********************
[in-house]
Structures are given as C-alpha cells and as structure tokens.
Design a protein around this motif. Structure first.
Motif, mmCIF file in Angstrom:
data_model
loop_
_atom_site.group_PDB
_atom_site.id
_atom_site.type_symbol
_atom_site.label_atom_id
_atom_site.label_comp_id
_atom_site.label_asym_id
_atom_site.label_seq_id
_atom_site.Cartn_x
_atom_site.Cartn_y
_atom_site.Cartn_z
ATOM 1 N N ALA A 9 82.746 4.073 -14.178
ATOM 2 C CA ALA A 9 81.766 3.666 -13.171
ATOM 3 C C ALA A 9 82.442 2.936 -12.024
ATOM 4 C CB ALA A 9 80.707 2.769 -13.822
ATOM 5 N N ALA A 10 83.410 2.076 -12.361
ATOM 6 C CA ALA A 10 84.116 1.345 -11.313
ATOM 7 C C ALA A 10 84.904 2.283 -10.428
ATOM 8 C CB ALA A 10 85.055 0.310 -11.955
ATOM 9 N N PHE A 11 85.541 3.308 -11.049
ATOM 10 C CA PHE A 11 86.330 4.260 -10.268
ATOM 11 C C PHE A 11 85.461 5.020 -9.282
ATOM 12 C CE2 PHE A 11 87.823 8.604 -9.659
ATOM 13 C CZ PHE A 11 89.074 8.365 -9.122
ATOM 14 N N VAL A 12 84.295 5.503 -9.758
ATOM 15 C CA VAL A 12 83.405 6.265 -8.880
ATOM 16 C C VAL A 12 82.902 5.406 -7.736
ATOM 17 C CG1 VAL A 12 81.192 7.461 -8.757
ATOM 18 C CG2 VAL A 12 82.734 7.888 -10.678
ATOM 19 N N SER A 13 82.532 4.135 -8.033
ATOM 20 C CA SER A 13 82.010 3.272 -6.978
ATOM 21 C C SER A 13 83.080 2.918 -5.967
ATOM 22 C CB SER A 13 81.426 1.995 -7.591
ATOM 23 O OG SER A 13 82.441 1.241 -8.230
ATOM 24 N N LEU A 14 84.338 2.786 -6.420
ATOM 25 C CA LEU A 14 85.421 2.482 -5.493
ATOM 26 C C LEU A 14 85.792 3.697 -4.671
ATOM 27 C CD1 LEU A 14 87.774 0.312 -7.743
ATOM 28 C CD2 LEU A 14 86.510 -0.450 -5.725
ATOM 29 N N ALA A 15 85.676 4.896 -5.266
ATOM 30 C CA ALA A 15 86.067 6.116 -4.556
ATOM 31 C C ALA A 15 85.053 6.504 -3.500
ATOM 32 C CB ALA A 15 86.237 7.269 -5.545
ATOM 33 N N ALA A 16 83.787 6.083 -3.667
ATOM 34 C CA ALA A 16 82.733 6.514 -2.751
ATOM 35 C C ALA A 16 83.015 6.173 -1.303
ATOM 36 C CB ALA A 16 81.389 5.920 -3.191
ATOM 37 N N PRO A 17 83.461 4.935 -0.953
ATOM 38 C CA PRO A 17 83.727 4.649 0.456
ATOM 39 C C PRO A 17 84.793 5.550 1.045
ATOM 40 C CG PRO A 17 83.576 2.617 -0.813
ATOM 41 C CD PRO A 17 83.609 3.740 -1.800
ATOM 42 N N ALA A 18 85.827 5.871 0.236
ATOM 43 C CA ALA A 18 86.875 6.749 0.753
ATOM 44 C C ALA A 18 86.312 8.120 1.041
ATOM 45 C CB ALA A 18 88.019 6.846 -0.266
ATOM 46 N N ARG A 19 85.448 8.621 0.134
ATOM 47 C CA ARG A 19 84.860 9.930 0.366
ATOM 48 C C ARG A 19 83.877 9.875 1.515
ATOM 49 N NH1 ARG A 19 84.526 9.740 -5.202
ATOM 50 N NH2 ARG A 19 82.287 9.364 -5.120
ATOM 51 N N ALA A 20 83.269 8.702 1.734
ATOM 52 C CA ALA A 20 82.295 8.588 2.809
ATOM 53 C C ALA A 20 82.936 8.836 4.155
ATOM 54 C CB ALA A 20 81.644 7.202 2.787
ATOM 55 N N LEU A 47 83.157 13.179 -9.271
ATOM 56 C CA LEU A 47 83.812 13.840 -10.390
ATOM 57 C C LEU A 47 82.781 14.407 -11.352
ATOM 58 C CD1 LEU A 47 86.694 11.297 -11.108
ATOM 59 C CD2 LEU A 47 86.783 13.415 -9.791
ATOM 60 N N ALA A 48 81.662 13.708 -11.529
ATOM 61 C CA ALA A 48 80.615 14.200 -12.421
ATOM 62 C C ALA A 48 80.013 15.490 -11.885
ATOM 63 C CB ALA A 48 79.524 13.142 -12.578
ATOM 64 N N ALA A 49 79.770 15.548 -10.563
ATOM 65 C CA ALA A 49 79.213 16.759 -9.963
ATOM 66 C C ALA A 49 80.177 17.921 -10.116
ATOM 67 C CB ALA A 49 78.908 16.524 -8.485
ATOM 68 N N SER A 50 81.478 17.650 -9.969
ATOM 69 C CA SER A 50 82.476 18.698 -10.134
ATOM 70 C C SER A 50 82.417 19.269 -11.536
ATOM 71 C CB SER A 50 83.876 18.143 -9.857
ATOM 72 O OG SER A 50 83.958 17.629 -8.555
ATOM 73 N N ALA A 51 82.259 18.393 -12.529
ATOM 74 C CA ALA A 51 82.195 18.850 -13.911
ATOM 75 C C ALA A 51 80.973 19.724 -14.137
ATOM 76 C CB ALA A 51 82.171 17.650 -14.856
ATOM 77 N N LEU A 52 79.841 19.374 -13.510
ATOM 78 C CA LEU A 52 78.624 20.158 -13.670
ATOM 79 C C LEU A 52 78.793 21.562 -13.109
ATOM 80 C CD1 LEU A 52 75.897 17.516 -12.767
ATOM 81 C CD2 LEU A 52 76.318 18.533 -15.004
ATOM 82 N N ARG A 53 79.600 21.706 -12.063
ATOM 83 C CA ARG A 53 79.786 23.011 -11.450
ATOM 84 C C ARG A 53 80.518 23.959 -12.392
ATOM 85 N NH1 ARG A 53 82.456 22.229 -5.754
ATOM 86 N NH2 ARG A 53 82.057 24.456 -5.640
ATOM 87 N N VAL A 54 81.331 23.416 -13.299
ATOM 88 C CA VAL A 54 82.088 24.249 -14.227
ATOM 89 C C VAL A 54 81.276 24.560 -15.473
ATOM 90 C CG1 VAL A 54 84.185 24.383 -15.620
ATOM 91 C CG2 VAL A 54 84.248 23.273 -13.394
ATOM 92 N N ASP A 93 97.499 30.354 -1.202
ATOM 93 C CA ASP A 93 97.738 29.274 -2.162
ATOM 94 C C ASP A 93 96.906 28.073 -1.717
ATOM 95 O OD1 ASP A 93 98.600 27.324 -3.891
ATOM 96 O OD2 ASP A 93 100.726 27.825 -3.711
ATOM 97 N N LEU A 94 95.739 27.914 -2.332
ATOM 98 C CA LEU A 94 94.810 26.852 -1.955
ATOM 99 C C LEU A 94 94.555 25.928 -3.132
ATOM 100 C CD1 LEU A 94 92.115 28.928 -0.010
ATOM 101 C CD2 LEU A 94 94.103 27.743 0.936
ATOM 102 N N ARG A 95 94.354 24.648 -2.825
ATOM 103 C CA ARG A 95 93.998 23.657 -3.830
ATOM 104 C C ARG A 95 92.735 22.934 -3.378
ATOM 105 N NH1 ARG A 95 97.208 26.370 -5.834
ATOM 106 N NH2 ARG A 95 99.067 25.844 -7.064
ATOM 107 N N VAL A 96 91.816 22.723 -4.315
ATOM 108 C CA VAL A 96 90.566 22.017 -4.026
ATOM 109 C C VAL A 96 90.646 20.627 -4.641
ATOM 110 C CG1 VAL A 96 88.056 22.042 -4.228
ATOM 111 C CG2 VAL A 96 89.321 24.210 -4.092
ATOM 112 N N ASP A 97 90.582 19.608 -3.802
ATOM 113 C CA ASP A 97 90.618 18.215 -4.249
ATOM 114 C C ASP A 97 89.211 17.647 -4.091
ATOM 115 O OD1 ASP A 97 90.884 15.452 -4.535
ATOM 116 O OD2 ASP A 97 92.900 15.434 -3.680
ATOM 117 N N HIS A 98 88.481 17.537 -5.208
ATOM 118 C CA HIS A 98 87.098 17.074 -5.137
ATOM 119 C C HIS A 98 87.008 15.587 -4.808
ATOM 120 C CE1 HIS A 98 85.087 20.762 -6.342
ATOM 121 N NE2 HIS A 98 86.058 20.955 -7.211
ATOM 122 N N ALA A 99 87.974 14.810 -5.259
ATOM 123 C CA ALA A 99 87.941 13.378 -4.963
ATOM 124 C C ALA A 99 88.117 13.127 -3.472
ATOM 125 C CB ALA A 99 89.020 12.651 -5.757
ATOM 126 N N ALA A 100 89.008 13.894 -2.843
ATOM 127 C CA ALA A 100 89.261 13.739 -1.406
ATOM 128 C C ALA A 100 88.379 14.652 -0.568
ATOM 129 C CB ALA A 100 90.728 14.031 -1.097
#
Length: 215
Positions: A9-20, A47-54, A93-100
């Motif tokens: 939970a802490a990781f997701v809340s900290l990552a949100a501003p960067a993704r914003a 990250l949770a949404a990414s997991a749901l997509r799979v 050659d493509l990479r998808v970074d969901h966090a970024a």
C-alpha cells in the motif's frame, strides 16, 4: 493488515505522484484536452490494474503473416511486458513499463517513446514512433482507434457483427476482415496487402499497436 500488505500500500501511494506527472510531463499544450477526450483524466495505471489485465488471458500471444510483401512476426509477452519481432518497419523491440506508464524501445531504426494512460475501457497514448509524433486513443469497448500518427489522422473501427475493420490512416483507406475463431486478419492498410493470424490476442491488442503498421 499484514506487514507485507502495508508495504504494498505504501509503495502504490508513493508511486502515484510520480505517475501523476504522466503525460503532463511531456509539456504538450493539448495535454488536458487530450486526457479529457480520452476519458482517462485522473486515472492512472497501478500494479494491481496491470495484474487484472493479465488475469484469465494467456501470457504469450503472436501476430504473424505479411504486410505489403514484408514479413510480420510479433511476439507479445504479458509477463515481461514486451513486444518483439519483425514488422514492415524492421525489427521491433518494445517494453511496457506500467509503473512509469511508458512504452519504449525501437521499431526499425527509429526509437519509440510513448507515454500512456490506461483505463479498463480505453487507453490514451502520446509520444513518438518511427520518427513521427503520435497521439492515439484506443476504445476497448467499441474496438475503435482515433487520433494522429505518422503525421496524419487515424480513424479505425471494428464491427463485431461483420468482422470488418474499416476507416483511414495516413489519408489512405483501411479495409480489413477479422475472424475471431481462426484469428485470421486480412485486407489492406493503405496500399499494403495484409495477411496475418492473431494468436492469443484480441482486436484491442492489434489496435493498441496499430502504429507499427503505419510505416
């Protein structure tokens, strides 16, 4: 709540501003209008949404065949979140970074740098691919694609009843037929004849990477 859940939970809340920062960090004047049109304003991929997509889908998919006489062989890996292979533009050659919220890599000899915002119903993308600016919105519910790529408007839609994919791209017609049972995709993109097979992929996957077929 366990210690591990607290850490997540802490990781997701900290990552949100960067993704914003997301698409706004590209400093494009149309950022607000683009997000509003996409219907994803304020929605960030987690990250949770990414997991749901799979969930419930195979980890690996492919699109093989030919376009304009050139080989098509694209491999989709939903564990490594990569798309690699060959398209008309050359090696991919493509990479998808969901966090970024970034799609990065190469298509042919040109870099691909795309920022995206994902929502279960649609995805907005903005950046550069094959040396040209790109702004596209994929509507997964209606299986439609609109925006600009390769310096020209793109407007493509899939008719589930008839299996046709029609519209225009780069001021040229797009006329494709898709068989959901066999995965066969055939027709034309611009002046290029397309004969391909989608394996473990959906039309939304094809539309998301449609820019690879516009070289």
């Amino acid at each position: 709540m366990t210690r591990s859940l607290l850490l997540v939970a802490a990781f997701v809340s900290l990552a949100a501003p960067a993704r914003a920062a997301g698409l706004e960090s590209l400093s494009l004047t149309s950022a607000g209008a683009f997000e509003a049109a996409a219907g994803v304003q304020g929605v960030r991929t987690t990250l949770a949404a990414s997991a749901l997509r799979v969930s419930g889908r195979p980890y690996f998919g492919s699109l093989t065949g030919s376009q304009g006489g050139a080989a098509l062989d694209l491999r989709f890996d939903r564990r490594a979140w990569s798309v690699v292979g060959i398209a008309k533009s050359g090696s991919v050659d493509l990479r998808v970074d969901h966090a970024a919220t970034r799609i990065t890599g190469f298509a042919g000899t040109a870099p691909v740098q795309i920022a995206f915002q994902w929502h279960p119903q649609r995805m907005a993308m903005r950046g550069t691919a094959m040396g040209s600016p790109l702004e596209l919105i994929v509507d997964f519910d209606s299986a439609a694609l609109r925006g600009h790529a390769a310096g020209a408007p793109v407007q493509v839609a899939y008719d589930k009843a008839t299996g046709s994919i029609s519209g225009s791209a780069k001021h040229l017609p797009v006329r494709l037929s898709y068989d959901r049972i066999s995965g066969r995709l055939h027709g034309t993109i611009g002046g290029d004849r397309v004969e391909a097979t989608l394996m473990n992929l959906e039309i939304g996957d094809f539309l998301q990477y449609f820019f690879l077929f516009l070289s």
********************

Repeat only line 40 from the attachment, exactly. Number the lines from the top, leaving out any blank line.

ATOM 24 N N LEU A 14 84.338 2.786 -6.420